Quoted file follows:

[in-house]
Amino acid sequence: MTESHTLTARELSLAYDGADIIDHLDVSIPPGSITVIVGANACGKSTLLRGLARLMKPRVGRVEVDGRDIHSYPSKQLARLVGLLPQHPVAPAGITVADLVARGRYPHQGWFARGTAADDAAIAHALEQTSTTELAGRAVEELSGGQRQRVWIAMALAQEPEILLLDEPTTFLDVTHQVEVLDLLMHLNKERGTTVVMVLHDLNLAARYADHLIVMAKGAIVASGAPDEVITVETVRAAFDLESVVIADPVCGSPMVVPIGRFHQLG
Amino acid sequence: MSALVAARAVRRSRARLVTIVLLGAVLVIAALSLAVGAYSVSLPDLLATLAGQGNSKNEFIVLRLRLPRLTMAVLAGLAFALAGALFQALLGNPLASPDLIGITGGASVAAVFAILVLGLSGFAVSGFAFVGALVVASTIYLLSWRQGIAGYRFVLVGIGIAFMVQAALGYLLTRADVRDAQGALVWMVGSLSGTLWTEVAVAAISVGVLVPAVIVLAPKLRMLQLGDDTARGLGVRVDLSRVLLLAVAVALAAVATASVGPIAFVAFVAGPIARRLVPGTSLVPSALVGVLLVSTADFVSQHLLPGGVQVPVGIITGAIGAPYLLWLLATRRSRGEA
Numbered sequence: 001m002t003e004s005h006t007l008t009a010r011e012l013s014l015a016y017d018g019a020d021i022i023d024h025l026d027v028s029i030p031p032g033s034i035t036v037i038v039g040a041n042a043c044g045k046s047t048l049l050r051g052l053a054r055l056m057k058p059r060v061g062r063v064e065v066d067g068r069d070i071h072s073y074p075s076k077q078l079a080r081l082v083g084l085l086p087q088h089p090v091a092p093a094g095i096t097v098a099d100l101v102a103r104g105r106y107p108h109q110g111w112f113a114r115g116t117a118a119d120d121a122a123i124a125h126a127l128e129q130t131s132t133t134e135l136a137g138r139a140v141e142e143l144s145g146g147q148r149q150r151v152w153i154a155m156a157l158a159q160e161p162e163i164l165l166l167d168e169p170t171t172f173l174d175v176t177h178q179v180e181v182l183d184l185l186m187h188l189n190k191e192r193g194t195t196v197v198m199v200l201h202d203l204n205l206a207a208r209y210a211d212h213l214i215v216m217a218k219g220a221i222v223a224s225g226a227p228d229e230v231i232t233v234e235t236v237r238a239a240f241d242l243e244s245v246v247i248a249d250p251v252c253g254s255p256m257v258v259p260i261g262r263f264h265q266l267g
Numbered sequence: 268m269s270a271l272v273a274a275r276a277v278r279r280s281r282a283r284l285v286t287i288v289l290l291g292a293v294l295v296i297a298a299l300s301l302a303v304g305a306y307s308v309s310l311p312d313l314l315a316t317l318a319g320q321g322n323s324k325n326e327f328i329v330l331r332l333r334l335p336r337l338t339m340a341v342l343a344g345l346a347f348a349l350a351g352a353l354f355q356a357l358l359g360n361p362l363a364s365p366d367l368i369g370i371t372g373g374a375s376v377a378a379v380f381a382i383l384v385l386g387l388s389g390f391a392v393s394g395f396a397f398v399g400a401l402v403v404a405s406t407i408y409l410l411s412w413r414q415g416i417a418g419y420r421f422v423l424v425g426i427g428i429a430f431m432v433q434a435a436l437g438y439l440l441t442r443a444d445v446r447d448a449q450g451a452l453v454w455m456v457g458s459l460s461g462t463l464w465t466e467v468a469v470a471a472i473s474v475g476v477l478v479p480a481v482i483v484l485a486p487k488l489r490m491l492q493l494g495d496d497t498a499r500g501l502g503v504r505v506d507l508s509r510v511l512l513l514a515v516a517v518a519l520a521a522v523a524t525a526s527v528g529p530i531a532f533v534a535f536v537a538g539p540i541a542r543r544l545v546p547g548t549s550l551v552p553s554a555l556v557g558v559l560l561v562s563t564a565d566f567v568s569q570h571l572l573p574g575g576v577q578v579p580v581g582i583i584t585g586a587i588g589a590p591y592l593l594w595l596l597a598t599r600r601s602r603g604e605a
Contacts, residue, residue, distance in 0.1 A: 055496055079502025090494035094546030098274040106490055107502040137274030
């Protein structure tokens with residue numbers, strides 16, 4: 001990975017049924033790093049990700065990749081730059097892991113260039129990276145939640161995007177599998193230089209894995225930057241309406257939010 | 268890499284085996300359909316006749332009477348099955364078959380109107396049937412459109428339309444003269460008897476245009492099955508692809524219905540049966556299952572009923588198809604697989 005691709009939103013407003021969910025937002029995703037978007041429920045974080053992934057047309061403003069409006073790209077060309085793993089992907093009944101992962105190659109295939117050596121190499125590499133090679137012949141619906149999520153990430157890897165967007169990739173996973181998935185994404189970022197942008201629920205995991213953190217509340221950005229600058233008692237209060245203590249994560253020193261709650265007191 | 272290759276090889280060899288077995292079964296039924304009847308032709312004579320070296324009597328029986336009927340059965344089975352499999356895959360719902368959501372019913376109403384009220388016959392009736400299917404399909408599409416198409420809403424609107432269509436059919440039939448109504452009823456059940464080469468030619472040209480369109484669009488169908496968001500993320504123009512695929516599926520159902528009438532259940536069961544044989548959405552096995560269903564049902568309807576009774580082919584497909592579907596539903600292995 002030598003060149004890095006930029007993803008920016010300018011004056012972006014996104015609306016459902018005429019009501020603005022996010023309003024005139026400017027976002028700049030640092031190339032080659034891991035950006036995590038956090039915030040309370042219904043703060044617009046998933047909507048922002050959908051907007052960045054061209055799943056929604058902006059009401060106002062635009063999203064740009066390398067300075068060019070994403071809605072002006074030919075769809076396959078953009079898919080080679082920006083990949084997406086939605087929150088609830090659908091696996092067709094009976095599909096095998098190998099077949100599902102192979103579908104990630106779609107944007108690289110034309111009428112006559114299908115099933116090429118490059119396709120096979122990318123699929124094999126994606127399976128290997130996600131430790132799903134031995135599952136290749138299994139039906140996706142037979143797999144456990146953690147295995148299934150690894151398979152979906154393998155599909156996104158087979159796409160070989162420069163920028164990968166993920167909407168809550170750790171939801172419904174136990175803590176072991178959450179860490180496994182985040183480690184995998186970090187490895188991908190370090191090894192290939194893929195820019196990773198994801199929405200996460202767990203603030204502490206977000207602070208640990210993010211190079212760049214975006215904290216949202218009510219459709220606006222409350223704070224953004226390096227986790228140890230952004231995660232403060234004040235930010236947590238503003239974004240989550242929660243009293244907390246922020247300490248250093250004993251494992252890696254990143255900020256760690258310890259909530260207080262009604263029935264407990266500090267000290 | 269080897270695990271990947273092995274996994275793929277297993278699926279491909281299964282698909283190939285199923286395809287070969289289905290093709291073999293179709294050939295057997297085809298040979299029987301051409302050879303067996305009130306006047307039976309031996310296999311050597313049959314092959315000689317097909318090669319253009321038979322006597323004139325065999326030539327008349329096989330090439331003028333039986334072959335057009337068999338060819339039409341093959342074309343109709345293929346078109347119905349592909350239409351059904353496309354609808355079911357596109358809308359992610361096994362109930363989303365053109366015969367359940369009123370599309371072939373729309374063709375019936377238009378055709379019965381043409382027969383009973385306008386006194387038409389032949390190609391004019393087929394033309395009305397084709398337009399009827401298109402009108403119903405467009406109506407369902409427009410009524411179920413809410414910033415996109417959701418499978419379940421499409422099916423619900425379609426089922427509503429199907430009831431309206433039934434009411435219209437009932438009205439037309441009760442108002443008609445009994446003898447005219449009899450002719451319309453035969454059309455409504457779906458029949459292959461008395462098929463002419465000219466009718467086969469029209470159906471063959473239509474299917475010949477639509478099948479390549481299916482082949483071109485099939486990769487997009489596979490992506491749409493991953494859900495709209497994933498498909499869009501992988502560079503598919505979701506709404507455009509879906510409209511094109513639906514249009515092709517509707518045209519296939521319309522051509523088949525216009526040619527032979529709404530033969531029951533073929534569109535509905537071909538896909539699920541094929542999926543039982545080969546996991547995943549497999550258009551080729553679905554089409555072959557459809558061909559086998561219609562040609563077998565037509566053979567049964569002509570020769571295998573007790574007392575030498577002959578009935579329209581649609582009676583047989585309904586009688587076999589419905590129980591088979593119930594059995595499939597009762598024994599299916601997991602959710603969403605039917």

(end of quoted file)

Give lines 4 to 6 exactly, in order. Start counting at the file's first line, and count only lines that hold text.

Numbered sequence: 001m002t003e004s005h006t007l008t009a010r011e012l013s014l015a016y017d018g019a020d021i022i023d024h025l026d027v028s029i030p031p032g033s034i035t036v037i038v039g040a041n042a043c044g045k046s047t048l049l050r051g052l053a054r055l056m057k058p059r060v061g062r063v064e065v066d067g068r069d070i071h072s073y074p075s076k077q078l079a080r081l082v083g084l085l086p087q088h089p090v091a092p093a094g095i096t097v098a099d100l101v102a103r104g105r106y107p108h109q110g111w112f113a114r115g116t117a118a119d120d121a122a123i124a125h126a127l128e129q130t131s132t133t134e135l136a137g138r139a140v141e142e143l144s145g146g147q148r149q150r151v152w153i154a155m156a157l158a159q160e161p162e163i164l165l166l167d168e169p170t171t172f173l174d175v176t177h178q179v180e181v182l183d184l185l186m187h188l189n190k191e192r193g194t195t196v197v198m199v200l201h202d203l204n205l206a207a208r209y210a211d212h213l214i215v216m217a218k219g220a221i222v223a224s225g226a227p228d229e230v231i232t233v234e235t236v237r238a239a240f241d242l243e244s245v246v247i248a249d250p251v252c253g254s255p256m257v258v259p260i261g262r263f264h265q266l267g
Numbered sequence: 268m269s270a271l272v273a274a275r276a277v278r279r280s281r282a283r284l285v286t287i288v289l290l291g292a293v294l295v296i297a298a299l300s301l302a303v304g305a306y307s308v309s310l311p312d313l314l315a316t317l318a319g320q321g322n323s324k325n326e327f328i329v330l331r332l333r334l335p336r337l338t339m340a341v342l343a344g345l346a347f348a349l350a351g352a353l354f355q356a357l358l359g360n361p362l363a364s365p366d367l368i369g370i371t372g373g374a375s376v377a378a379v380f381a382i383l384v385l386g387l388s389g390f391a392v393s394g395f396a397f398v399g400a401l402v403v404a405s406t407i408y409l410l411s412w413r414q415g416i417a418g419y420r421f422v423l424v425g426i427g428i429a430f431m432v433q434a435a436l437g438y439l440l441t442r443a444d445v446r447d448a449q450g451a452l453v454w455m456v457g458s459l460s461g462t463l464w465t466e467v468a469v470a471a472i473s474v475g476v477l478v479p480a481v482i483v484l485a486p487k488l489r490m491l492q493l494g495d496d497t498a499r500g501l502g503v504r505v506d507l508s509r510v511l512l513l514a515v516a517v518a519l520a521a522v523a524t525a526s527v528g529p530i531a532f533v534a535f536v537a538g539p540i541a542r543r544l545v546p547g548t549s550l551v552p553s554a555l556v557g558v559l560l561v562s563t564a565d566f567v568s569q570h571l572l573p574g575g576v577q578v579p580v581g582i583i584t585g586a587i588g589a590p591y592l593l594w595l596l597a598t599r600r601s602r603g604e605a
Contacts, residue, residue, distance in 0.1 A: 055496055079502025090494035094546030098274040106490055107502040137274030